In order for children to learn emotional regulation, they must experience it for themselves. The problem is children are not born with self-regulation, so we must help them get this experience first10.
Emotional attunement is one of the fastest and most effective ways to help frustrated children regulate their nervous systems11,12.
Attunement means expressing the same emotions as the child through words, facial expressions, and body language, but in a controlled way so that the child can see you understand them13.
For example, you can frown and say in a slightly stressed tone, “You’re so frustrated because you can’t open the box.”
This empathetic gesture is a co-regulation process that is essential in building frustration tolerance in children14.
Prepare & practice for potential frustration
Being disappointed can be a very frustrating experience. It’s even more frustrating when you don’t expect it.
Some children with very low frustration tolerance may have a difficult time even dealing with the thought of being disappointed. It’s much better to address it ahead of time than if the real thing hits them unexpectedly.
A child who is unable to control or tolerate their rapidly escalating frustration is unable to think rationally about their actions. They may have no idea how to cope at the moment.
If you warn your child about something that may frustrate them and practice dealing with it, they may be better able to control themselves in the heat of the moment.
This won’t work overnight, however. Building those regulating neural circuits in your child’s brain takes a lot of practice. Keep practicing with them and supporting their learning.
Teach problem-solving skills
Being unable to achieve your goals, coupled with a feeling of helplessness, leads to frustration. A proactive approach to solving problems may reduce frustration for children15.
Help them find different ways to create a different outcome despite the frustrating situation. Give them examples of times when you or others have similar struggles and overcome them.
Look out for signs of hunger or tiredness
Some children may be more prone to get frustrated around dinner time due to hunger.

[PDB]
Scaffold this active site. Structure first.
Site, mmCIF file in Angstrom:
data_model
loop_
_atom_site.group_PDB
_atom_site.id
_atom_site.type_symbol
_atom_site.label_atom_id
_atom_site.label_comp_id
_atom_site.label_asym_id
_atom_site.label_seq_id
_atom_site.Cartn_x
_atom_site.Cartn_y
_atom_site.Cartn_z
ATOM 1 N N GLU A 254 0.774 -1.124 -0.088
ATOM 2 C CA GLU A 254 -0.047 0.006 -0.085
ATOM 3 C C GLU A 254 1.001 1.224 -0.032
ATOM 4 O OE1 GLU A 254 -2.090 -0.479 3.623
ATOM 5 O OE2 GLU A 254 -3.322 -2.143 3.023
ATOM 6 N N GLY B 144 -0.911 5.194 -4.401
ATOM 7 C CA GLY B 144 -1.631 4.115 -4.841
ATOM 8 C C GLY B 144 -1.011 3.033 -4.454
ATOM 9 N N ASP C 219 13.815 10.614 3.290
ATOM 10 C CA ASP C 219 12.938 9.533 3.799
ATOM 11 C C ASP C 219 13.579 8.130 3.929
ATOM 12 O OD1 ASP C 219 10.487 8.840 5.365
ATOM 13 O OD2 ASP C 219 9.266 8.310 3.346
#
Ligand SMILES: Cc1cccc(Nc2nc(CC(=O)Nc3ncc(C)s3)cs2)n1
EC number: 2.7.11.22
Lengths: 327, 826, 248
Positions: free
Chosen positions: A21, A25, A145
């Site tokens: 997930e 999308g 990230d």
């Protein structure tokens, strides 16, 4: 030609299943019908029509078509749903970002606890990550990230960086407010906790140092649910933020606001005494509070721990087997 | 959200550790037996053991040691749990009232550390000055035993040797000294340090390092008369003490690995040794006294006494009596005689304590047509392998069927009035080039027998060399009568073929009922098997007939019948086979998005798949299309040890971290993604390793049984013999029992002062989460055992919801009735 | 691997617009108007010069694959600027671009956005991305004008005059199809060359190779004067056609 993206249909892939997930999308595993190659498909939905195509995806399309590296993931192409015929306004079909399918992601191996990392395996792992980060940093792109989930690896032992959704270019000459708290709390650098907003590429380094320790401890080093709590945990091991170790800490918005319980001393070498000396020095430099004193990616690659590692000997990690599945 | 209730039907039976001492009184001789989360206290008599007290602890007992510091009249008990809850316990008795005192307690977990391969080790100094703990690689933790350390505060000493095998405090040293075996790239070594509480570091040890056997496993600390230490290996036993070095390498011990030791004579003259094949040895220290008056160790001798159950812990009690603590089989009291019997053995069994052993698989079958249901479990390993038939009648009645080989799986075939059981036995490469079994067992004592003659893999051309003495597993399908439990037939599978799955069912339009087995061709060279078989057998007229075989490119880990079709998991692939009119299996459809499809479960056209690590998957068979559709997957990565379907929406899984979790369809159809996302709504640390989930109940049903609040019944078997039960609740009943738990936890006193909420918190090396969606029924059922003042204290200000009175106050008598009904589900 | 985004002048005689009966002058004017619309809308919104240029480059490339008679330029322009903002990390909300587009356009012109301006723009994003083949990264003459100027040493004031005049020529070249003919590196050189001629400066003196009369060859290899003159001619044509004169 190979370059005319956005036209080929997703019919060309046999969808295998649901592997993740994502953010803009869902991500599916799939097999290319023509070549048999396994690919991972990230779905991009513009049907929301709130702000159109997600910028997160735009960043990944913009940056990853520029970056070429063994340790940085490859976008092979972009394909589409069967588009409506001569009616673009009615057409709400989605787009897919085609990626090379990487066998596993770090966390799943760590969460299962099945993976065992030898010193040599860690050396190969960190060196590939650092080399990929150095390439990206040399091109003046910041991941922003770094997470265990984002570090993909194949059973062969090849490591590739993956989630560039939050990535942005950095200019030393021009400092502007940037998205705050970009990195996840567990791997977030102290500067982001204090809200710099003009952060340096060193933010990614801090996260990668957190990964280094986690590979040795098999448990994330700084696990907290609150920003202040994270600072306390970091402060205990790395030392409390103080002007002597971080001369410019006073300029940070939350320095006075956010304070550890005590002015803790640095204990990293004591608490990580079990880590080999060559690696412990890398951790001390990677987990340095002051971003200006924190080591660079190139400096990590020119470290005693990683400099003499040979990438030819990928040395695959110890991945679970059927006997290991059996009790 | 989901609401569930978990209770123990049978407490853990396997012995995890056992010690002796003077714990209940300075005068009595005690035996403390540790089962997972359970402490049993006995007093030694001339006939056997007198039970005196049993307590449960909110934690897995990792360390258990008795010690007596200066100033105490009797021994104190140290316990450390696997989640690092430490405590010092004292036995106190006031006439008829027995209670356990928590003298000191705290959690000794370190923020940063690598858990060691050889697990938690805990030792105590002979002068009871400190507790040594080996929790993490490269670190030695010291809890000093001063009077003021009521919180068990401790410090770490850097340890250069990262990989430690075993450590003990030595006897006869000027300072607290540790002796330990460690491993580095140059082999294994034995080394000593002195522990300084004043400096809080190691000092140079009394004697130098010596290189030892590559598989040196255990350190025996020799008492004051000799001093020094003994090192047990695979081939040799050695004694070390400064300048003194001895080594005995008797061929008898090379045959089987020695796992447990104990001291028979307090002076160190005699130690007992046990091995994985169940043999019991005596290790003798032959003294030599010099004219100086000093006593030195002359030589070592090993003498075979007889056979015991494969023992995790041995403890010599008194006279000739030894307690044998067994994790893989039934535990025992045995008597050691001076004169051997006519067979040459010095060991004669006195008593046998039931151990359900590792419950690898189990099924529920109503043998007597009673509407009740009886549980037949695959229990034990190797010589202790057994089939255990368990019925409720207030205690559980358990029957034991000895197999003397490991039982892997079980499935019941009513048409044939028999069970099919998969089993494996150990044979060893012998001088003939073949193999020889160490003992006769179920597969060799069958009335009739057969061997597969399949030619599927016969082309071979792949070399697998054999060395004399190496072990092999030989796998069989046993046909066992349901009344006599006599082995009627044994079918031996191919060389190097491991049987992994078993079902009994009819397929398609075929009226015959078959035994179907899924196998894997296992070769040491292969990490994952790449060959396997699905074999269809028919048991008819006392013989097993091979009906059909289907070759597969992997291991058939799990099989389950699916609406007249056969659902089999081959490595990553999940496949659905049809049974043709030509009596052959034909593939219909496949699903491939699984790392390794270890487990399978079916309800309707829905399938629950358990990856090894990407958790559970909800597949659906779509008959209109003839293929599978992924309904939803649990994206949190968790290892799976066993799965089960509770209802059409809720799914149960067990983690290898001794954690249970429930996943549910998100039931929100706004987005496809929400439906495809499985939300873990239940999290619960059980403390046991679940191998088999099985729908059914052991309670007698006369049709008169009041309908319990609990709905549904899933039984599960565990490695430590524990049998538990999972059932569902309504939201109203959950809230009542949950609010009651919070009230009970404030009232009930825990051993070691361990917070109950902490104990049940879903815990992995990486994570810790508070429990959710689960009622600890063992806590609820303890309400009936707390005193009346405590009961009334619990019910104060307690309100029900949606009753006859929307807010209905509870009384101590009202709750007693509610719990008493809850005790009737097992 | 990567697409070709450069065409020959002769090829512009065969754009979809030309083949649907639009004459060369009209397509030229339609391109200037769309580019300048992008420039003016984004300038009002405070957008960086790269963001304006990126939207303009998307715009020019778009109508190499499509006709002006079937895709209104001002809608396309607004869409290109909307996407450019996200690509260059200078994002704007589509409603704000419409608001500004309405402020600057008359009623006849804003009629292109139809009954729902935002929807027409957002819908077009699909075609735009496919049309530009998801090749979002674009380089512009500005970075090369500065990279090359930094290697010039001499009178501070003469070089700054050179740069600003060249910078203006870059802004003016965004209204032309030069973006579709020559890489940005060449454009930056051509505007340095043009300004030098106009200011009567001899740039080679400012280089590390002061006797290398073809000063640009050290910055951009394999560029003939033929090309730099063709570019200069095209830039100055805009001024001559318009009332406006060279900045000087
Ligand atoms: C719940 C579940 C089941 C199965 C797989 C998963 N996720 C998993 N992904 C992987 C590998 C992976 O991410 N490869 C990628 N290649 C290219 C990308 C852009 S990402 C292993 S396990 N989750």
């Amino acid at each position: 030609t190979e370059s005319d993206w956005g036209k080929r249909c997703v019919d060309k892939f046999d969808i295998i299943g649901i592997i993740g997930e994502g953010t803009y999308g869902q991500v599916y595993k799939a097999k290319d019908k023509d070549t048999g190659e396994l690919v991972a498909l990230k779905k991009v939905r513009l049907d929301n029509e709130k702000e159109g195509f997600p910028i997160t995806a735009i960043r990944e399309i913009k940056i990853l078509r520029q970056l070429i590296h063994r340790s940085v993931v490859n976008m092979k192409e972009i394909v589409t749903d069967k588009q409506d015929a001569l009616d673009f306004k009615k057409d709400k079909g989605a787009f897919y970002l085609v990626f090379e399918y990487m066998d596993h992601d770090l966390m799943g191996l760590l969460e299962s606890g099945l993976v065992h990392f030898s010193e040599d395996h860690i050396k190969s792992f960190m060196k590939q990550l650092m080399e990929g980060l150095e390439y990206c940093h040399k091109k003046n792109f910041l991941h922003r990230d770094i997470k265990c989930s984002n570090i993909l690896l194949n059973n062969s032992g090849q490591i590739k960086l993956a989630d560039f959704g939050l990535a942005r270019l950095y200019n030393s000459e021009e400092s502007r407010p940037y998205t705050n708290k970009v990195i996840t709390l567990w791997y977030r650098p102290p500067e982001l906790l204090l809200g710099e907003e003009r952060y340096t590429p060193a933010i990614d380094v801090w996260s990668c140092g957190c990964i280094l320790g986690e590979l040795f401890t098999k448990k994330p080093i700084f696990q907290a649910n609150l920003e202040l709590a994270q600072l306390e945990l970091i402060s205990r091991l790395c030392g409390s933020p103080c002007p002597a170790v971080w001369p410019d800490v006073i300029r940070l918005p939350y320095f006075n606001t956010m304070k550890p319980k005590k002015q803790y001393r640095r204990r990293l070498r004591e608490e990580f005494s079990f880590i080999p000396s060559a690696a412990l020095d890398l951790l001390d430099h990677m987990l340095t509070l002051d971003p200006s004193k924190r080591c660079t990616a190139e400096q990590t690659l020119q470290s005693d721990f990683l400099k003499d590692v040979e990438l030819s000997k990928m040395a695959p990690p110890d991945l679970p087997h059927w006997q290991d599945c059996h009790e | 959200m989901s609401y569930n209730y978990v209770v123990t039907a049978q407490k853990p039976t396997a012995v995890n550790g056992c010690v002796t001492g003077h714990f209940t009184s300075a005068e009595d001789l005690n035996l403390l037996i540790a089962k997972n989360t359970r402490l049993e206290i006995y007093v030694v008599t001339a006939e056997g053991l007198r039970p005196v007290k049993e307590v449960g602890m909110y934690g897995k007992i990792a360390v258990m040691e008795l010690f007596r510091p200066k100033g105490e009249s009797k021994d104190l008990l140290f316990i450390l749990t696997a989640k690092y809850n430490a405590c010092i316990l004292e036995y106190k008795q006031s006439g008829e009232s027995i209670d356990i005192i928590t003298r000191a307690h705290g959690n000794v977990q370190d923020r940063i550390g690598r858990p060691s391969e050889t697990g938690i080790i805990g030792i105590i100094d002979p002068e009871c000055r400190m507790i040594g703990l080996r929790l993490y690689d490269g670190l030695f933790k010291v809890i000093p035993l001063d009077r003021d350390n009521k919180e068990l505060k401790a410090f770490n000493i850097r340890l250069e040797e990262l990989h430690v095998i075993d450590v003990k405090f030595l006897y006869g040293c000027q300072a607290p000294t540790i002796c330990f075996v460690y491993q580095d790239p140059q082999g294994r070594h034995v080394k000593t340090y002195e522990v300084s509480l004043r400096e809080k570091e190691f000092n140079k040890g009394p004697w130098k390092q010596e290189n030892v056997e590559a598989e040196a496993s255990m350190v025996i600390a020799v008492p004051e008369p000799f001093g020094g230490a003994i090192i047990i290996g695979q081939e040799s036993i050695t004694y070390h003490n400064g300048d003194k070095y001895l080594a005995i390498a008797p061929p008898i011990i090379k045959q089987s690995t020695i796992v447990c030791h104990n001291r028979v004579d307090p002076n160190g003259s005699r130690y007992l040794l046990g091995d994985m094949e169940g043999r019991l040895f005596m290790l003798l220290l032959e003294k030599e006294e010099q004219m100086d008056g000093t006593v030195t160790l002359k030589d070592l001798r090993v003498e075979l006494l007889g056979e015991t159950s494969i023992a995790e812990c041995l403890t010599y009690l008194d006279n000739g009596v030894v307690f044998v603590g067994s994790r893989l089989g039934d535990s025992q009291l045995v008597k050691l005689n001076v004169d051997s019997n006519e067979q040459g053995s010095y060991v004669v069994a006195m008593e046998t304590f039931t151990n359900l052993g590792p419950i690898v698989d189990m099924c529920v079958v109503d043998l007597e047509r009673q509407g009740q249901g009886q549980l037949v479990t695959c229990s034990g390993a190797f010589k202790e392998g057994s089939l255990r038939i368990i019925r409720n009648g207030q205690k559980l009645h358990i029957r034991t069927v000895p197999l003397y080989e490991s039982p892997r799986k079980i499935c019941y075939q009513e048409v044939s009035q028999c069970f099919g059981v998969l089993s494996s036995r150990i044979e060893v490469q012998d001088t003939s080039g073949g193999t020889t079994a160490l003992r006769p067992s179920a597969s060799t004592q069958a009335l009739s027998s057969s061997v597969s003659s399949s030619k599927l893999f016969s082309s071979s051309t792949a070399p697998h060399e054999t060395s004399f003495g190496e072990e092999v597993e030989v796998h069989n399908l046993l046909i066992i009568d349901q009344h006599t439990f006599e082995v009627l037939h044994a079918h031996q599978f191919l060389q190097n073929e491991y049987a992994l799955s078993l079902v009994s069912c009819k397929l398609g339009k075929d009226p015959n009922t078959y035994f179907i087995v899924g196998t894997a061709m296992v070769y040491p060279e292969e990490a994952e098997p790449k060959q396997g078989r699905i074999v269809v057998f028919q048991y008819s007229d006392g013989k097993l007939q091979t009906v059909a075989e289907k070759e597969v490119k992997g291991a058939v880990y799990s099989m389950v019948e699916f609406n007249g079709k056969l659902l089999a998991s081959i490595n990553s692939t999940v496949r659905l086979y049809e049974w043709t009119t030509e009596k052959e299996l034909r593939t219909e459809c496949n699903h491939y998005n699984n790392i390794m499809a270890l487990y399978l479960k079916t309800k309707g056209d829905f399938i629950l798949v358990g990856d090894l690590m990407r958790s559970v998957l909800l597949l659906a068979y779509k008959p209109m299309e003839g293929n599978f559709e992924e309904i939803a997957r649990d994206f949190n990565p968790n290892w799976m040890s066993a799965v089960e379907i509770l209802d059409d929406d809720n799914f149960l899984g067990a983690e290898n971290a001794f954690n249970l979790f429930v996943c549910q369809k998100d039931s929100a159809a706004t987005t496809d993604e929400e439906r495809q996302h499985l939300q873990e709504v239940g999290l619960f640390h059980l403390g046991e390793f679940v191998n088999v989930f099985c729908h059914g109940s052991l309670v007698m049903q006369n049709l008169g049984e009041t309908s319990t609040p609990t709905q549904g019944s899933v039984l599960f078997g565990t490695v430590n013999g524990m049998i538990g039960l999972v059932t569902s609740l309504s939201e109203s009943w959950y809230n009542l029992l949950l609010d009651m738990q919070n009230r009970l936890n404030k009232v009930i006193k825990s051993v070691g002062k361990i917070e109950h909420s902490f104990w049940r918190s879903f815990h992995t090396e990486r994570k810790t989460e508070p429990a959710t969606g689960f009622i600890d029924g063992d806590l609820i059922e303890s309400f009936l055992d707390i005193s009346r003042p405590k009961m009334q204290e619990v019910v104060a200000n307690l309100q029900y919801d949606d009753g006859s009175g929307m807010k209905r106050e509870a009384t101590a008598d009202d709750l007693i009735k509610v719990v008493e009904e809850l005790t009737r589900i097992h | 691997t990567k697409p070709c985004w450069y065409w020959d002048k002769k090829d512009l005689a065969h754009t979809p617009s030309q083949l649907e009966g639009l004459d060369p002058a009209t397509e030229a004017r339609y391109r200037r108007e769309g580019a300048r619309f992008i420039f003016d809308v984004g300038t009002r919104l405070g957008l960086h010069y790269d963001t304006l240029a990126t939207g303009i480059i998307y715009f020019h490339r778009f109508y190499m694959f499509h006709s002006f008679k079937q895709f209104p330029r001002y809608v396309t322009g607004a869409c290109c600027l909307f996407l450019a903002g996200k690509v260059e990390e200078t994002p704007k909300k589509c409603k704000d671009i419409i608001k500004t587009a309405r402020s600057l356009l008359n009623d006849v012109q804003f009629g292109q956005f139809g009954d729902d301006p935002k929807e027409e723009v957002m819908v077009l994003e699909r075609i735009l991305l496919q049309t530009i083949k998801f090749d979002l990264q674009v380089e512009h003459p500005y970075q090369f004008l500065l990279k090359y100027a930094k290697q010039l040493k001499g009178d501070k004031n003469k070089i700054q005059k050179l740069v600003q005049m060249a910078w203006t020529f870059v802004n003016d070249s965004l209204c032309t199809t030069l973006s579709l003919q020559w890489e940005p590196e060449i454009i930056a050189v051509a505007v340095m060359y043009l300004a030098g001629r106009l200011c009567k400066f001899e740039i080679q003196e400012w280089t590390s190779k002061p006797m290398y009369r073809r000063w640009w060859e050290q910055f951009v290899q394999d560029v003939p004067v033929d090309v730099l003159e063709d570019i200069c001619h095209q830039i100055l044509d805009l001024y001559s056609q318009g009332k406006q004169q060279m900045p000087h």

According to a study, children who are given sugar when given challenging tasks are less likely to become frustrated16.
To prevent future meltdowns in older children, coach your child in frustration management. Talk to them about their emotions when they are calm. Let them talk about their feelings and listen carefully. Discussing emotions with children rather than dismissing them can help them develop self-regulation17.
Emotion coaching from parents teaches children to recognize their emotions and provides them with coping strategies for stressful situations.
Research shows that combining problem-solving skills training for children with parent management training yields significantly better results in helping children manage their frustration18.
Parent management training focuses on child-rearing practices, parent-child interactions, and contingencies that can support behavioral change in easily frustrated children.
Psychotherapy & medical help
Poor frustration tolerance is a common symptom for children with ADHD (Attention Deficit Hyperactivity Disorder)1 or Autism Spectrum Disorder19.
Some of them may experience extreme emotions in difficult situations. To improve their emotional regulation skills, such children may require medical intervention.
If the impairment in children is significantly affecting their quality of life or that of their families, parents may seek the help of medical and mental health professionals.